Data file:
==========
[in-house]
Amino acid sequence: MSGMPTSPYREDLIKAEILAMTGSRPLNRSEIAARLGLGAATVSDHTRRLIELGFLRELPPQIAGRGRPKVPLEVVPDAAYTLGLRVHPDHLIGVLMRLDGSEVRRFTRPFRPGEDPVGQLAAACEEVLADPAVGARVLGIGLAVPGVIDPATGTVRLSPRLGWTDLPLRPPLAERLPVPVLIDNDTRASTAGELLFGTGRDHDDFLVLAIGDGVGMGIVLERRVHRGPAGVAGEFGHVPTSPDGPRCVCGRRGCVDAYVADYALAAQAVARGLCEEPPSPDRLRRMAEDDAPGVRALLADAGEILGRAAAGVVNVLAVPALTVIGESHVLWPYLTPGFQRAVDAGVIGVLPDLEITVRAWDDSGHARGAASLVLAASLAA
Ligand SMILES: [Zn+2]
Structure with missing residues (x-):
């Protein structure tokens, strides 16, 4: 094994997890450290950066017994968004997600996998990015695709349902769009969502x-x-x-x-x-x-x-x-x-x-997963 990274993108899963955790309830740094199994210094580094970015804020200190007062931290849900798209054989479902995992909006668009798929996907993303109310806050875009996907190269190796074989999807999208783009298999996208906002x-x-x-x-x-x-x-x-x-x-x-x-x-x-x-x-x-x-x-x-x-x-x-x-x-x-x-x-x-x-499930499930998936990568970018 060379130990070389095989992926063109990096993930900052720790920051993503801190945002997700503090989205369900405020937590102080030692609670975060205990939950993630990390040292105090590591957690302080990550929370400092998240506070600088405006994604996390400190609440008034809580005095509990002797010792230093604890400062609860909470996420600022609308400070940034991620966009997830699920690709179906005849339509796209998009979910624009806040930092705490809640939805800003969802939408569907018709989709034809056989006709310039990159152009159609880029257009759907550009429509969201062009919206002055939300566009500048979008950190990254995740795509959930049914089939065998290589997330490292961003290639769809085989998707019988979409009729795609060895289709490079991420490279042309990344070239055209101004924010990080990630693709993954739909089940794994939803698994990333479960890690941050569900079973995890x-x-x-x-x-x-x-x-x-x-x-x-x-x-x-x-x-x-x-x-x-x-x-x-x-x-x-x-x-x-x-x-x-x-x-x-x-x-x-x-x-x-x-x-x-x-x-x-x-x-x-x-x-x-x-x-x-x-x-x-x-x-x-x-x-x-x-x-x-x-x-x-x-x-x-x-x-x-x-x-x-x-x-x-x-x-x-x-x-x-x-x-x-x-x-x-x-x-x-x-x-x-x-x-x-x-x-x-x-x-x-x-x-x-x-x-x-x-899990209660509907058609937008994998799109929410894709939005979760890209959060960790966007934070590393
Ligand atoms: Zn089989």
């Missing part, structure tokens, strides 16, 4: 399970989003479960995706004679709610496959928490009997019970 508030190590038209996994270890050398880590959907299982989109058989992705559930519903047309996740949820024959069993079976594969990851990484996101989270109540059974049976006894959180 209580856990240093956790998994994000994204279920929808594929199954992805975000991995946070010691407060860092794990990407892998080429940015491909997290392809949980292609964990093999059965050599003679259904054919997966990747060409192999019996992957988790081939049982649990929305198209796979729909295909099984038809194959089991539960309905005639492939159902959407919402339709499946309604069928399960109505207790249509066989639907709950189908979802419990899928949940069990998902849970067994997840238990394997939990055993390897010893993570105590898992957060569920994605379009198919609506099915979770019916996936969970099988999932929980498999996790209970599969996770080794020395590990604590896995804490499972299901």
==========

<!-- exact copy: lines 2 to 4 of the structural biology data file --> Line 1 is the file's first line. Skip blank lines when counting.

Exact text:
Amino acid sequence: MSGMPTSPYREDLIKAEILAMTGSRPLNRSEIAARLGLGAATVSDHTRRLIELGFLRELPPQIAGRGRPKVPLEVVPDAAYTLGLRVHPDHLIGVLMRLDGSEVRRFTRPFRPGEDPVGQLAAACEEVLADPAVGARVLGIGLAVPGVIDPATGTVRLSPRLGWTDLPLRPPLAERLPVPVLIDNDTRASTAGELLFGTGRDHDDFLVLAIGDGVGMGIVLERRVHRGPAGVAGEFGHVPTSPDGPRCVCGRRGCVDAYVADYALAAQAVARGLCEEPPSPDRLRRMAEDDAPGVRALLADAGEILGRAAAGVVNVLAVPALTVIGESHVLWPYLTPGFQRAVDAGVIGVLPDLEITVRAWDDSGHARGAASLVLAASLAA
Ligand SMILES: [Zn+2]
Structure with missing residues (x-):